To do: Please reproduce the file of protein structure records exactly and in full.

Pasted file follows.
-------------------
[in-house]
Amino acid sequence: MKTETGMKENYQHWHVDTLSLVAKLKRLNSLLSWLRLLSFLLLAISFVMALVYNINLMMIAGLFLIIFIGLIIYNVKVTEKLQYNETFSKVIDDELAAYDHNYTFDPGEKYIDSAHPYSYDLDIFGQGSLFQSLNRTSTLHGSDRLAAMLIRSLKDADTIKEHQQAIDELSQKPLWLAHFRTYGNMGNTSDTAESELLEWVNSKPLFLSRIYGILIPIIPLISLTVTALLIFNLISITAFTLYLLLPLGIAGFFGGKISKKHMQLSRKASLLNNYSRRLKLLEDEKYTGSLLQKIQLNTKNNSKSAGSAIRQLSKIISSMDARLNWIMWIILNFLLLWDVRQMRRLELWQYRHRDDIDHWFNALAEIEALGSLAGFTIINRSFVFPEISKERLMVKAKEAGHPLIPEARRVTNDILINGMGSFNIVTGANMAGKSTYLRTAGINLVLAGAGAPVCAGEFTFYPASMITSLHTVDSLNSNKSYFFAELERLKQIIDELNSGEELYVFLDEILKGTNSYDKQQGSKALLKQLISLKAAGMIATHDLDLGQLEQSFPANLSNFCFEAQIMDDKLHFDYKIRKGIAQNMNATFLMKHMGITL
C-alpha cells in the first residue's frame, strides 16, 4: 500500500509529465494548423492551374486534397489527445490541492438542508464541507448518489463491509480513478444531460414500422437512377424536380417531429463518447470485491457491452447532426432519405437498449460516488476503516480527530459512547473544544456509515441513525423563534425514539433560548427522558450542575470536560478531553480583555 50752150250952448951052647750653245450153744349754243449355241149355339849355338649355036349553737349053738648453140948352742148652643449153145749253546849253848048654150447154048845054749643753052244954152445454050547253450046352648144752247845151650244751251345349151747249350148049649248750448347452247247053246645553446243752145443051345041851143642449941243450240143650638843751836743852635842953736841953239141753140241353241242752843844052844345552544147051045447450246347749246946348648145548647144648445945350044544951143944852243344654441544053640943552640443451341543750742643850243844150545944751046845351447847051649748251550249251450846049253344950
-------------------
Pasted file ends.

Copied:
[in-house]
Amino acid sequence: MKTETGMKENYQHWHVDTLSLVAKLKRLNSLLSWLRLLSFLLLAISFVMALVYNINLMMIAGLFLIIFIGLIIYNVKVTEKLQYNETFSKVIDDELAAYDHNYTFDPGEKYIDSAHPYSYDLDIFGQGSLFQSLNRTSTLHGSDRLAAMLIRSLKDADTIKEHQQAIDELSQKPLWLAHFRTYGNMGNTSDTAESELLEWVNSKPLFLSRIYGILIPIIPLISLTVTALLIFNLISITAFTLYLLLPLGIAGFFGGKISKKHMQLSRKASLLNNYSRRLKLLEDEKYTGSLLQKIQLNTKNNSKSAGSAIRQLSKIISSMDARLNWIMWIILNFLLLWDVRQMRRLELWQYRHRDDIDHWFNALAEIEALGSLAGFTIINRSFVFPEISKERLMVKAKEAGHPLIPEARRVTNDILINGMGSFNIVTGANMAGKSTYLRTAGINLVLAGAGAPVCAGEFTFYPASMITSLHTVDSLNSNKSYFFAELERLKQIIDELNSGEELYVFLDEILKGTNSYDKQQGSKALLKQLISLKAAGMIATHDLDLGQLEQSFPANLSNFCFEAQIMDDKLHFDYKIRKGIAQNMNATFLMKHMGITL
C-alpha cells in the first residue's frame, strides 16, 4: 500500500509529465494548423492551374486534397489527445490541492438542508464541507448518489463491509480513478444531460414500422437512377424536380417531429463518447470485491457491452447532426432519405437498449460516488476503516480527530459512547473544544456509515441513525423563534425514539433560548427522558450542575470536560478531553480583555 50752150250952448951052647750653245450153744349754243449355241149355339849355338649355036349553737349053738648453140948352742148652643449153145749253546849253848048654150447154048845054749643753052244954152445454050547253450046352648144752247845151650244751251345349151747249350148049649248750448347452247247053246645553446243752145443051345041851143642449941243450240143650638843751836743852635842953736841953239141753140241353241242752843844052844345552544147051045447450246347749246946348648145548647144648445945350044544951143944852243344654441544053640943552640443451341543750742643850243844150545944751046845351447847051649748251550249251450846049253344950